This heresy, as I understand it, has existed for close to three decades and, in my opinion, has been directly responsible for the deaths of thousands of patients and lethal drug overdoses of hundreds of thousands of American citizens. The misguided acceptance of pain as the fifth vital sign has been and still is the single biggest mistake in the history of modern medical pain management.

In the early 1990s, the American Pain Society opined that there was a national epidemic of untreated pain in our nation’s hospitals and announced that pain should be classified as the “fifth vital sign.” This assertion is riddled with many problems. Vital signs are clinical measurements, specifically: pulse rate, temperature, respiration rate and blood pressure, that indicate the state of a patient’s essential body functions. These clinical measures are very objective in character and include an assortment of relevant numerical values.

Pain is a subjective feeling that is impossible to accurately and consistently quantify across patient populations.

Pain is a subjective feeling that is impossible to accurately and consistently quantify across patient populations.

Therefore, for providers to assess pain as a vital sign, they must ascribe a numerical value for it, such as zero to ten based on the Universal Numeric Pain Scale. As a result of equating pain as a vital sign, medical practitioners must come up with a reliable and effective treatment if and when a patient subjectively rates their pain high on the scale.

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In 1998, the Federation of American Medical Boards issued a policy reassuring physicians that “in the course of treatment,” large doses of opioids were acceptable. In 2001, the Joint Commission mandated that hospitals across the country assess pain on each patient they treat.

While not stating how facilities should assess pain, the nation relied on what the prevailing thought that pain should be considered the fifth vital sign and treated on the zero-to-ten pain scale. With the support of the Joint Commission, The Federation of American Medical Boards urged individual state medical societies to make the under treatment of pain punishable for the first time.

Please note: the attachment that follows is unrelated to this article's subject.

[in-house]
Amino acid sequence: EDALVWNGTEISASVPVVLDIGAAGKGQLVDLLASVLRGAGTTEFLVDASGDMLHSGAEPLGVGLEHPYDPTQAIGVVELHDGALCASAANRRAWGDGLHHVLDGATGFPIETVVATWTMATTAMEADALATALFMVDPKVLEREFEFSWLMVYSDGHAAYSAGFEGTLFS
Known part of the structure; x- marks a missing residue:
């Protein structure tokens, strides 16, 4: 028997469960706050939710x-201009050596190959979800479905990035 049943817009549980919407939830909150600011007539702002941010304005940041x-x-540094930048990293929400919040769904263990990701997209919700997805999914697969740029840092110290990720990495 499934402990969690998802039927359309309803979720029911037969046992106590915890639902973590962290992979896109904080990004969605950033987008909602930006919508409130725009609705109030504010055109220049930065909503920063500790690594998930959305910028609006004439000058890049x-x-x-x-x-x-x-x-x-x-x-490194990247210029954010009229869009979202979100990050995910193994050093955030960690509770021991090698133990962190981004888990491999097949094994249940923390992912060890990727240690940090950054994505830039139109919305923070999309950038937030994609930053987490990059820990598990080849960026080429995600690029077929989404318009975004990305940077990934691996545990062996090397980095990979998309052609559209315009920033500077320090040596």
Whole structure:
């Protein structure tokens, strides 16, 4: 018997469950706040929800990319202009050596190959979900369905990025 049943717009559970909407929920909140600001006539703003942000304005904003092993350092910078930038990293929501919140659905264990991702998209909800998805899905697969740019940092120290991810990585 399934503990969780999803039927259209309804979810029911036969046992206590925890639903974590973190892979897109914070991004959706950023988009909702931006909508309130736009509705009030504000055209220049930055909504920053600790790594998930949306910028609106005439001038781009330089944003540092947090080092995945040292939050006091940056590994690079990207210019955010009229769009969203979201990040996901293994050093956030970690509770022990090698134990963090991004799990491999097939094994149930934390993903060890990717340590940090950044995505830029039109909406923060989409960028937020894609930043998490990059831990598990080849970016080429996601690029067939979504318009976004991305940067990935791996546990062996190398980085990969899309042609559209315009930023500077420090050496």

With misinformation and external pressure by state and national oversight agencies, American hospitals and medical professionals were “steered” to overtreat acute and chronic pain.

With misinformation and external pressure by state and national oversight agencies, American hospitals and medical professionals were “steered” to overtreat acute and chronic pain. Failure to comply was tantamount to patient abuse and battery, punishable by citations from medical boards and Joint Commission.

Thus, this “virtual” national epidemic of untreated pain and subsequent adoption of pain as the fifth vital sign has, in my view and the view of many clinicians, resulted in the brutal, harsh reality of a national opioid and heroin crisis. As evidence, since pain became the “fifth vital sign,” the number of prescriptions for opioids have escalated from around 76 million in 1991 to nearly 220 million in 2011.

CLICK HERE for recent data from the American Society of Addiction Medicine showing that the adoption of pain as the fifth vital sign resulted in many adverse and unintended consequences, and for Dr. Gart’s vision for the healthcare industry on how to pull ourselves out of this opioid abyss and begin to reverse these sobering statistics.